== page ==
Saturday, August 06, 2011

Rat Incident Rate Skyrockets While Quality Of Life Declines In Baltimore As Boarded Up Foreclosed Homes Accumulate, Remain Neglected

In Baltimore, Maryland, The Huffington Post reports:
  • Richard Faison didn't mind that a neighbor's home was seized and boarded up until the rats from the vacant house killed one of his dogs. "That's when it hit me," said Faison, a Baltimore retiree. "That home is hurting mine."

  • Baltimore's continuing foreclosure epidemic is a particularly poignant example of the continuing national foreclosure crisis. The city has affixed some of the blame on one major lender, Wells Fargo. In a case that has captured headlines, the city sued Wells in 2008, arguing that it targeted African-American communities with subprime loans the bank knew would not be repaid.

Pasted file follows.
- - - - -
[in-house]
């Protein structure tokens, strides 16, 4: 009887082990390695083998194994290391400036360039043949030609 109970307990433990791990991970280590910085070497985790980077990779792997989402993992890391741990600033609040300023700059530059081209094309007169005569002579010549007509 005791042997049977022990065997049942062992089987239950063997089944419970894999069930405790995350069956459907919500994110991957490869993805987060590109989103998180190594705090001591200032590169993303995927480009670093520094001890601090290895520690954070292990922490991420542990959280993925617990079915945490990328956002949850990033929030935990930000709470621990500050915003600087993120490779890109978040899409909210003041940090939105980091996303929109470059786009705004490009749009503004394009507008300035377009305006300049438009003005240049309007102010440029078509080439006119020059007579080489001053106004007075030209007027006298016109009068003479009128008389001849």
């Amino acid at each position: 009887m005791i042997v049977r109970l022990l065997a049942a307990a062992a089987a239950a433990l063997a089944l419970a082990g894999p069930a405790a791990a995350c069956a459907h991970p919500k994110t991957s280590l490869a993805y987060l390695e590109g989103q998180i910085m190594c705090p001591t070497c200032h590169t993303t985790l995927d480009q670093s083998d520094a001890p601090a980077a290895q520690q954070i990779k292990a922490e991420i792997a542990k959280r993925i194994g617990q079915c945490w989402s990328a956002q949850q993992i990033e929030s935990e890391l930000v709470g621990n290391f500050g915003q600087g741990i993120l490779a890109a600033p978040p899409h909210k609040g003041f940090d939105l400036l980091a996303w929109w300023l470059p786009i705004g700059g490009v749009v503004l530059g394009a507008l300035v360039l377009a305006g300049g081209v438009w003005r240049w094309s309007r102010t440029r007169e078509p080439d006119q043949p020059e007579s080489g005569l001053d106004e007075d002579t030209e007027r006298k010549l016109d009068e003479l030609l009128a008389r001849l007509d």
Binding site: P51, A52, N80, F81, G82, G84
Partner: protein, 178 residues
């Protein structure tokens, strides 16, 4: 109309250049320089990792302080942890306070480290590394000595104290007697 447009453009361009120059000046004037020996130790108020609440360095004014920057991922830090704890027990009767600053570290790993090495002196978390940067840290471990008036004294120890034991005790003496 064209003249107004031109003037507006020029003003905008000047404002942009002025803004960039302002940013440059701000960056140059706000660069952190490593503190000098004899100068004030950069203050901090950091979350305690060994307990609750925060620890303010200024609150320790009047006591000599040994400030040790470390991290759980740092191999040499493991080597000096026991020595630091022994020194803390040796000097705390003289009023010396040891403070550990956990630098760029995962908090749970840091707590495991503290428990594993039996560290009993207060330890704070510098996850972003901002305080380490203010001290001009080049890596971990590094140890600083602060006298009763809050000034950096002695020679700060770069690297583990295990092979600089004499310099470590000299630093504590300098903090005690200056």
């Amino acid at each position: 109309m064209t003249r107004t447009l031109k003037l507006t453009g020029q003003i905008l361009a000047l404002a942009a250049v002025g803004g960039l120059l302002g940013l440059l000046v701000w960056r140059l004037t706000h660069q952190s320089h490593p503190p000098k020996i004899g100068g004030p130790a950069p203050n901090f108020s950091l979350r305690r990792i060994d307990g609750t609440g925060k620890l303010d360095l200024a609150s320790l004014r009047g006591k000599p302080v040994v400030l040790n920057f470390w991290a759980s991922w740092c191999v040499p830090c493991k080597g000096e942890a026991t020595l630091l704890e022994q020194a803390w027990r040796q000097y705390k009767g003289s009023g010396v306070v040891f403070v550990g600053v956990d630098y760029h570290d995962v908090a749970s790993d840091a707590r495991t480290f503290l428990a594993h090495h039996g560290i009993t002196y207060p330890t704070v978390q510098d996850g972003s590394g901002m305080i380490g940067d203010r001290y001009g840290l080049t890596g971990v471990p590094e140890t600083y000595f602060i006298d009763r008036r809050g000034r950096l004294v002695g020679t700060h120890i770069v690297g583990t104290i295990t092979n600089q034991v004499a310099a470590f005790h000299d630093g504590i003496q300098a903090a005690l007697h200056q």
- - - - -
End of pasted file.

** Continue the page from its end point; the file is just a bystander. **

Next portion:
• But while that action plays out in the courtroom, a daily battle plays out on city streets, as homeowners try to maintain their properties in the face of abandonment and rot in seemingly every direction.


  • The rise in rats is an example of the declining quality of life in some sections of the city as foreclosures and vacant properties have begun to take their toll. Since 2003, rat incidents in his majority-black city of nearly 621,000 are up more than 300 percent, according to the Baltimore Neighborhood Indicators Alliance-Jacob France Institute at the University of Baltimore. There were more than 37,000 reports of rats in 2009, data show.

For more, see Rats Spread As Baltimore Fights Foreclosures.